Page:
Go into the yard with your bucket and a piece of polly pipe and tell him to back up and every time he moves point it at him if he still does it smack him on the chest when he learns to stay away from you untill youve finished then pat him

STEPH (Guest)
17-05-03, 06:56 PM
I am very agenst any of this smacking or flicking. I would suggest reading a natural horsemanship book. They are very informational. I have a 3yr old stallion that was very abused when he was young. He was very aggressive bout his food and would also bit and chrge. I know that this can be disturbing, but don't feel scared. He may feel that he needs to defend his food. I have taken him to many natural clinics and they have tought me to never hit, you need to redirct him mind. I can suggest some books and a few trainers if you need, but DO NOT HIT HIM it will make the situation worse. You also donot want to discourage him from being cought,

sil (Guest)
22-05-03, 06:45 AM
If you're not planning to breed this colt - geld him. Geld him now!

The natural dominance of an entire is going to just become more and more apparent in your everyday dealings and unless you are experienced enough (and willing enough!) to deal with a young stallion then gelding is going to be the #1 thing to do.

As far as bad manners at teatime - I have one BIG problem with the whole 'anxious that you are going to take his feed away' scenario... how can this be true if you have never, ever taken his feed away before? Do you see colts out in the pasture laying their ears back at their mums for a drink, or when sharing a feed with mum? No? I thought not.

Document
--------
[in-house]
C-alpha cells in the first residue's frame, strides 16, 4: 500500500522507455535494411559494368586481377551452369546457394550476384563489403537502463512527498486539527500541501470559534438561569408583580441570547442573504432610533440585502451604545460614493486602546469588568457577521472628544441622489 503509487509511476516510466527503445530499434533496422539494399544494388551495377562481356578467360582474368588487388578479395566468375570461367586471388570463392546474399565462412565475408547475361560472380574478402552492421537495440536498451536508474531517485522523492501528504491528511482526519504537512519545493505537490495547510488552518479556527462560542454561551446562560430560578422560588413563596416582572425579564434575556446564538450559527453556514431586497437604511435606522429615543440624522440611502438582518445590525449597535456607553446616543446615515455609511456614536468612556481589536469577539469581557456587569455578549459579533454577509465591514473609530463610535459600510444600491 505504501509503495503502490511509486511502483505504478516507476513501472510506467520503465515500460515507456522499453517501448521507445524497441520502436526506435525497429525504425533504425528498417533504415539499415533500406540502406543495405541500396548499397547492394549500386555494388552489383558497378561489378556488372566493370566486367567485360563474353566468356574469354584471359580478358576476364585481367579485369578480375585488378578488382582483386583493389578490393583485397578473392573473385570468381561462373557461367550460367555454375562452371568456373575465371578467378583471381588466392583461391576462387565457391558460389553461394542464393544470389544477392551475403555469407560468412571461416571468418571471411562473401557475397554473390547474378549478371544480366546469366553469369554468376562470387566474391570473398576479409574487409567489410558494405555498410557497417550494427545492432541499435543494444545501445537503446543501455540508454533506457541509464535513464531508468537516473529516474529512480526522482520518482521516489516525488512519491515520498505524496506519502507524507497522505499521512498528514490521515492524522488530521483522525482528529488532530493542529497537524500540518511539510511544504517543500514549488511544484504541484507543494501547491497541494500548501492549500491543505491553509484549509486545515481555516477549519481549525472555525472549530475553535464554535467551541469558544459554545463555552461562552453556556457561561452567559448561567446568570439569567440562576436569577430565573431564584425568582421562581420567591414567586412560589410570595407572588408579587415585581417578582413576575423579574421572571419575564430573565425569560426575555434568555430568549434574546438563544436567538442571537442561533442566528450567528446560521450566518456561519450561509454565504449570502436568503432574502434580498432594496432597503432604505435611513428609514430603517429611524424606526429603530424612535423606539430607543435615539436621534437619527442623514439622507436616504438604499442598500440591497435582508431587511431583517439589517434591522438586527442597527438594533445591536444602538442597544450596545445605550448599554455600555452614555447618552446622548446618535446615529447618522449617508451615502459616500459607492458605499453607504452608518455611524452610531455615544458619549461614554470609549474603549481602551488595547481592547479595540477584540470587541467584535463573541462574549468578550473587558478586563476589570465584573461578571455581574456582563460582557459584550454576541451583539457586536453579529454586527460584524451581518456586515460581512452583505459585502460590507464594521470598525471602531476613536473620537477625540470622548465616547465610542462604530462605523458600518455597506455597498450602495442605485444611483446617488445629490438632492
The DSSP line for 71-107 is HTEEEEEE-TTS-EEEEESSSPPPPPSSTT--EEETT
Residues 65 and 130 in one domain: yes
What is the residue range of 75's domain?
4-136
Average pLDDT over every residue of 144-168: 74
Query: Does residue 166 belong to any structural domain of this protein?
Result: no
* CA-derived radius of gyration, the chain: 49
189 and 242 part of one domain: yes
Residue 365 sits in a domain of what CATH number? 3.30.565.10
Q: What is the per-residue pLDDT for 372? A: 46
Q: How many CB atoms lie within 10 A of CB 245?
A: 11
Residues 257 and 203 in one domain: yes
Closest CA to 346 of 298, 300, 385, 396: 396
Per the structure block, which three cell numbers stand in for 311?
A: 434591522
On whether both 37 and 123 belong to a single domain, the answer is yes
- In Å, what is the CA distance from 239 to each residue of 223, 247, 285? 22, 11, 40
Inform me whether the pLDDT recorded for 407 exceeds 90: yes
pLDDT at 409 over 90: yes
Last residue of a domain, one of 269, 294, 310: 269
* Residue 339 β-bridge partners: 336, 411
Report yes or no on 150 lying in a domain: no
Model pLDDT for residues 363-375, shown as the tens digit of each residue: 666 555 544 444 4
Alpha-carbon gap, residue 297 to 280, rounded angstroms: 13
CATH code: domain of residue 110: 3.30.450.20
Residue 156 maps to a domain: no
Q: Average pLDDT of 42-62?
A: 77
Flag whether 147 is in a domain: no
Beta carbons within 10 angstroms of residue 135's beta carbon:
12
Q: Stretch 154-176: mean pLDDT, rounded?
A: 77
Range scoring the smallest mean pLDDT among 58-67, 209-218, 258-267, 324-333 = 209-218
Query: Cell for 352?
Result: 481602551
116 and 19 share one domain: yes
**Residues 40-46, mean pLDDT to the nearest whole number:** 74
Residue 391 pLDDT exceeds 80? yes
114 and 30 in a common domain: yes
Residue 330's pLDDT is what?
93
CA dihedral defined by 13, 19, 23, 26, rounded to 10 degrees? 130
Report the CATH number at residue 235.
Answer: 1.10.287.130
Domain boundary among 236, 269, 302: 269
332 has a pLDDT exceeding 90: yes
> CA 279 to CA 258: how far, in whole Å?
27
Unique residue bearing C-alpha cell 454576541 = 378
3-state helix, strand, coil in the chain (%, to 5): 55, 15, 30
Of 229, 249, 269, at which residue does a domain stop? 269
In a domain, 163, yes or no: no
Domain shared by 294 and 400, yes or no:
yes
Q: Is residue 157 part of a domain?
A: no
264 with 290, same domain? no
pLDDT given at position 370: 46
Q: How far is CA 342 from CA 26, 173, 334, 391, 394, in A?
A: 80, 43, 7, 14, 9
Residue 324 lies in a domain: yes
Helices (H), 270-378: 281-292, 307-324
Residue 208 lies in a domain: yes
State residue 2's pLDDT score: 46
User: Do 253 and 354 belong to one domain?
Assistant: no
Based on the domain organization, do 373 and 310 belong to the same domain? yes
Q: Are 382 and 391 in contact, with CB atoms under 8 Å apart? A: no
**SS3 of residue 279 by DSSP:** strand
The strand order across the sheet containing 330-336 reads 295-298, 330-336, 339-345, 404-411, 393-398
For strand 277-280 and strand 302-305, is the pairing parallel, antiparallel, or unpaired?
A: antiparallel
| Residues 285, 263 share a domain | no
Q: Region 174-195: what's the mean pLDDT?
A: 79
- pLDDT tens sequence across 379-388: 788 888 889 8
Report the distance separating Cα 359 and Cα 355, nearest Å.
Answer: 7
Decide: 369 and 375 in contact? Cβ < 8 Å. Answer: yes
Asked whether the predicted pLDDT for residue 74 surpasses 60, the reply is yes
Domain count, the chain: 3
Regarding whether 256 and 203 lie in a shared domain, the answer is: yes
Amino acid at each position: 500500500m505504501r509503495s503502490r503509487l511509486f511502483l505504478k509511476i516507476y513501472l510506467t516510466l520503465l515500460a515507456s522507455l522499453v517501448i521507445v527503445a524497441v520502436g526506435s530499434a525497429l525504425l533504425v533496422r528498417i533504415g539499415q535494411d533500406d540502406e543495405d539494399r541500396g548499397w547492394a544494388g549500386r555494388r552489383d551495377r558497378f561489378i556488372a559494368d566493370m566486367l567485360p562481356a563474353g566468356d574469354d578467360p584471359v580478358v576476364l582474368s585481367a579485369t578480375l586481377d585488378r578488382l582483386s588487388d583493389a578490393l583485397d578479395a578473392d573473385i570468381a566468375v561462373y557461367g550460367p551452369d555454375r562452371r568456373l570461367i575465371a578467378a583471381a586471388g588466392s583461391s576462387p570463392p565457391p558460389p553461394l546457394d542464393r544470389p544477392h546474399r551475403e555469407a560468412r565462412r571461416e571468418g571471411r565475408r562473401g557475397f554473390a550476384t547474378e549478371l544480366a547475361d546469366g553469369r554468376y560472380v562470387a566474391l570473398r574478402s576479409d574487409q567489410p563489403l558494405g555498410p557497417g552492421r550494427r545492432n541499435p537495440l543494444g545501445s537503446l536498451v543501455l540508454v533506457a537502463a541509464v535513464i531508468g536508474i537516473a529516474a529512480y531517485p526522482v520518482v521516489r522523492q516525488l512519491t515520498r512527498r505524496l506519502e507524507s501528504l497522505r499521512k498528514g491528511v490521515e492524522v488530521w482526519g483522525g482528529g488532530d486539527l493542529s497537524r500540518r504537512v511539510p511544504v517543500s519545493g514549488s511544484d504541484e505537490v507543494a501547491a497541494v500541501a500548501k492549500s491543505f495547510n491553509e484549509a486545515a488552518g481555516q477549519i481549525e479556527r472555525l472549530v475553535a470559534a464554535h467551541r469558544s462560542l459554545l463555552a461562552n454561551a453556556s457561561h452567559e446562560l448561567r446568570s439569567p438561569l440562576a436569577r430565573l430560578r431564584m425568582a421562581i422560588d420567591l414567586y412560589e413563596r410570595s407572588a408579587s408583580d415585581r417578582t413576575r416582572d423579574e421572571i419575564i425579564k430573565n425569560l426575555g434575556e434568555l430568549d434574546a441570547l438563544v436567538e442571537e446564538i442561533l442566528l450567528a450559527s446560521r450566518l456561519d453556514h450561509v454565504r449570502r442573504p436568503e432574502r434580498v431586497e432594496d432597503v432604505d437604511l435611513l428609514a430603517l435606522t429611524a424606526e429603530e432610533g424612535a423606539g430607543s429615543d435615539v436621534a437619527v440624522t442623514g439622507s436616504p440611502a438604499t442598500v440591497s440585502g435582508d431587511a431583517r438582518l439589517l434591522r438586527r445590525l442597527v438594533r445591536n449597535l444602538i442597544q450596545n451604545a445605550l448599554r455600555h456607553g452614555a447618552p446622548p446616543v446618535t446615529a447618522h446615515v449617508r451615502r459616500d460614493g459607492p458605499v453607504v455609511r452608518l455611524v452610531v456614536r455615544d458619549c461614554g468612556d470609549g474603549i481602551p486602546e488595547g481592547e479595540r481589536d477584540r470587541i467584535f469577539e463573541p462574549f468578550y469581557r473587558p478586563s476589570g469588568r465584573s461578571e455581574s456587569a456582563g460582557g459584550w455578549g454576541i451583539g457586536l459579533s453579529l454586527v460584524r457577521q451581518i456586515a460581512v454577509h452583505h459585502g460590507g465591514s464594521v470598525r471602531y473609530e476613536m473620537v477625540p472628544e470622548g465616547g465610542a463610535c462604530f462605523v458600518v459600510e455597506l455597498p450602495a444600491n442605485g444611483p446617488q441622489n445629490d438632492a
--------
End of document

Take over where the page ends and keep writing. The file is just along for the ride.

What's the difference between mum and you? Mum kicks his butt when he annoys her or even thinks about being pushy. She doesn't turn and try to double barrel her beloved offspring, but she sure don't 'approach and retreat within comfort zone' him either. She is straightforward, sticks her ears back and tells him to take a hike.

When you feed your colt, make sure he moves a respectful distance away from you and *stays* away while you put his feed in and mix it. Do not let him start barging and eating while you are there - that is bad manners. Holler at him, give him a smack on the nose, swing a bucket, do what you need to to get him to back off you. The next time you should only need to grizzle.

As far as nipping, this is a classic beginning sign of him trying to dominate you. Be alert at all times around him, and ensure you are not giving him the opportunity to nip you. Really give it to him if he does. I mean, really give it to him. Nipping is not to be tolerated! One well-timed punishment of your choice will make him think twice before doing it again. If you are too soft, he will think it is a 'game'. You don't need to physically hurt him, hollering and a yank on the chain is usually plenty and only needs doing once.

07-09-03, 12:20 PM
yah like others said take pollie pipe in and when he goes to come at u hit him on the chest. but make sure this dosn't make him agressive towards you and others. yah not so much does my 8mnt colt do that when u feed him its more my gelding and just by hitting him over the nose stops him and he waits till you have finished.